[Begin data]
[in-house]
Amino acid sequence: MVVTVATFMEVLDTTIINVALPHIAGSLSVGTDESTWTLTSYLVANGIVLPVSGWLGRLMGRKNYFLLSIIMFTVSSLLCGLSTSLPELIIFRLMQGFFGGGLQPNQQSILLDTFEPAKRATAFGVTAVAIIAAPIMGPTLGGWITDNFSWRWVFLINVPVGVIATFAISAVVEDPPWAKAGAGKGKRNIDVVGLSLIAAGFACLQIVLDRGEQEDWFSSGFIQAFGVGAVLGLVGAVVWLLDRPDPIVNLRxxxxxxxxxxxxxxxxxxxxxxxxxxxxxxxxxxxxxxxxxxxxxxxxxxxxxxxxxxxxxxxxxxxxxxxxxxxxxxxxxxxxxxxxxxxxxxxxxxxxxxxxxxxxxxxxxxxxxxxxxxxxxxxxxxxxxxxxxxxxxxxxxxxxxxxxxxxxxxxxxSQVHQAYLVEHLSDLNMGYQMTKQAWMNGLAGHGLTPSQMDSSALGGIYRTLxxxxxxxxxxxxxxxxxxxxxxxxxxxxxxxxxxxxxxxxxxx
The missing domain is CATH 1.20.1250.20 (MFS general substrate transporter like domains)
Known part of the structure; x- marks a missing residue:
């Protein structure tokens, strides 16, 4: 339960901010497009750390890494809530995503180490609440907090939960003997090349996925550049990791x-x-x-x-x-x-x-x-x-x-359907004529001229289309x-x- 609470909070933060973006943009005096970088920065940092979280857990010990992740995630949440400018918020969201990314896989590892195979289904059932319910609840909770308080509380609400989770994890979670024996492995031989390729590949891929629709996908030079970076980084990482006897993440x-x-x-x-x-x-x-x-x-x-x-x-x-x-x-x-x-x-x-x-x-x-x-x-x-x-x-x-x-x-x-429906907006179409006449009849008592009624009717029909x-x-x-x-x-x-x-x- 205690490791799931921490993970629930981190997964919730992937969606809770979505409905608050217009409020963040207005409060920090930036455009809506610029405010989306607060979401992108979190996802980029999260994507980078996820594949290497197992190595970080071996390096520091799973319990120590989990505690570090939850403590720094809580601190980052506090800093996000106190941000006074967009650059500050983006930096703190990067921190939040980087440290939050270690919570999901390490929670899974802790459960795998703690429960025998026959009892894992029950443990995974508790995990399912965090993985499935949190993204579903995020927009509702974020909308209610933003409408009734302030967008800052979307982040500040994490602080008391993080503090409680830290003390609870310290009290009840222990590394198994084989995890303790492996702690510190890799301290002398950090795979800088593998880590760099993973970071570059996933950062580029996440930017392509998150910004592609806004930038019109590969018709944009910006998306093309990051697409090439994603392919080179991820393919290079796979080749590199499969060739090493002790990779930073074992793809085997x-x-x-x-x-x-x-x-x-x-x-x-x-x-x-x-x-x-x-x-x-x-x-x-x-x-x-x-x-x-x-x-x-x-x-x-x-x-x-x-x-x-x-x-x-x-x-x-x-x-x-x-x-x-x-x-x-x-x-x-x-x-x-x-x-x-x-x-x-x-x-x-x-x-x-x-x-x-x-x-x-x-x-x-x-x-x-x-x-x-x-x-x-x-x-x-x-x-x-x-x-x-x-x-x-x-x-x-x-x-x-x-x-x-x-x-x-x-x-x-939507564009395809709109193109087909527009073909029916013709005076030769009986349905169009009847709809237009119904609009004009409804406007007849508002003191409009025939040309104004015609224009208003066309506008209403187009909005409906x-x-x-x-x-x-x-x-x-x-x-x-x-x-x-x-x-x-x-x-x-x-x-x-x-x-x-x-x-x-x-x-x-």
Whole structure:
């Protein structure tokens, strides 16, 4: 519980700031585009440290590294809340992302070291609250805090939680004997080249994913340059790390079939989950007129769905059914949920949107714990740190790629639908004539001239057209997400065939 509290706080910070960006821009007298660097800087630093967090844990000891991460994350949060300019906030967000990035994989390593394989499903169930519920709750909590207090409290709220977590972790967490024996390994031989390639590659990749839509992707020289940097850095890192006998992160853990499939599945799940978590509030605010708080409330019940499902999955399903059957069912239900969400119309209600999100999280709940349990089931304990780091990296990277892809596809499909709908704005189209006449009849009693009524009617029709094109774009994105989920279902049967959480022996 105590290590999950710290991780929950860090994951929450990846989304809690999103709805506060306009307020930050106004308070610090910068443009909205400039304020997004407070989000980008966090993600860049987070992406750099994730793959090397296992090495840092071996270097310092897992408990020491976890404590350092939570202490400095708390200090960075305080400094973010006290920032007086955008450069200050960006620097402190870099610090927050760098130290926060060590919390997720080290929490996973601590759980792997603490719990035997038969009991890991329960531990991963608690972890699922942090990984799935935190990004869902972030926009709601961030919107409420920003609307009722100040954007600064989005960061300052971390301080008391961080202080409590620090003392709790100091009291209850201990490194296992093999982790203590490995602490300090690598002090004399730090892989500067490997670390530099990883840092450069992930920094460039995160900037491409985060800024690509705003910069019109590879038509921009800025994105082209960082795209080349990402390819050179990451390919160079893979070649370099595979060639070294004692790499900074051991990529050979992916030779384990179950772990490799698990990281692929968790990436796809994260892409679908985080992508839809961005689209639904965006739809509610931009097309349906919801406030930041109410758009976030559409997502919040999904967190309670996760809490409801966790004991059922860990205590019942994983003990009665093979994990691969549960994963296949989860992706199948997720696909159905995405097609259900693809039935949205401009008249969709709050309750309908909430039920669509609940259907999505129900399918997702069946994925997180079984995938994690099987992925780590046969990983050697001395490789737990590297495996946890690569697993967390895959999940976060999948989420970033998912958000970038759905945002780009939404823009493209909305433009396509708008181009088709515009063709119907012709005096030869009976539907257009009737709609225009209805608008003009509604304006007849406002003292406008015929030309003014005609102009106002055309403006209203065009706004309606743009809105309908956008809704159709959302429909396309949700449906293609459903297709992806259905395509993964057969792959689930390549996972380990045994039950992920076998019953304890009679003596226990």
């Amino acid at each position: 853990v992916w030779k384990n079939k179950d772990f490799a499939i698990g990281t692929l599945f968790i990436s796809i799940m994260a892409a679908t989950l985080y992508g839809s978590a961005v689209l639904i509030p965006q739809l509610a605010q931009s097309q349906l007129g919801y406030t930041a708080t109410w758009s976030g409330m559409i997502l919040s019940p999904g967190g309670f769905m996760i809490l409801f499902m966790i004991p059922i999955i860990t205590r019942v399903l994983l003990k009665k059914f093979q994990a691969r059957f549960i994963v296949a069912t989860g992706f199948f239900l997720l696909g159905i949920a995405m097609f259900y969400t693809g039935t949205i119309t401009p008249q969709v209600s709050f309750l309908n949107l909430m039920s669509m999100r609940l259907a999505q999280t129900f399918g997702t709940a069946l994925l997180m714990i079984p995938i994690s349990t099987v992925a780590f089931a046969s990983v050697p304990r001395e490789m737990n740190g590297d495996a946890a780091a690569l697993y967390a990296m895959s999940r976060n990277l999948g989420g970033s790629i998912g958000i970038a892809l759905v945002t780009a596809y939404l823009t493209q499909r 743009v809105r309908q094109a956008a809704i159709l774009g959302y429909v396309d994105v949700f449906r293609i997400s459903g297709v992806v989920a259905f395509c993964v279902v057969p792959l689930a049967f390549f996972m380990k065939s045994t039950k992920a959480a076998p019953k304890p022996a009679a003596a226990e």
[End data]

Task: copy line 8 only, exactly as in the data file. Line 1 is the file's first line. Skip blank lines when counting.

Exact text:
């Amino acid at each position: 853990v992916w030779k384990n079939k179950d772990f490799a499939i698990g990281t692929l599945f968790i990436s796809i799940m994260a892409a679908t989950l985080y992508g839809s978590a961005v689209l639904i509030p965006q739809l509610a605010q931009s097309q349906l007129g919801y406030t930041a708080t109410w758009s976030g409330m559409i997502l919040s019940p999904g967190g309670f769905m996760i809490l409801f499902m966790i004991p059922i999955i860990t205590r019942v399903l994983l003990k009665k059914f093979q994990a691969r059957f549960i994963v296949a069912t989860g992706f199948f239900l997720l696909g159905i949920a995405m097609f259900y969400t693809g039935t949205i119309t401009p008249q969709v209600s709050f309750l309908n949107l909430m039920s669509m999100r609940l259907a999505q999280t129900f399918g997702t709940a069946l994925l997180m714990i079984p995938i994690s349990t099987v992925a780590f089931a046969s990983v050697p304990r001395e490789m737990n740190g590297d495996a946890a780091a690569l697993y967390a990296m895959s999940r976060n990277l999948g989420g970033s790629i998912g958000i970038a892809l759905v945002t780009a596809y939404l823009t493209q499909r 743009v809105r309908q094109a956008a809704i159709l774009g959302y429909v396309d994105v949700f449906r293609i997400s459903g297709v992806v989920a259905f395509c993964v279902v057969p792959l689930a049967f390549f996972m380990k065939s045994t039950k992920a959480a076998p019953k304890p022996a009679a003596a226990e």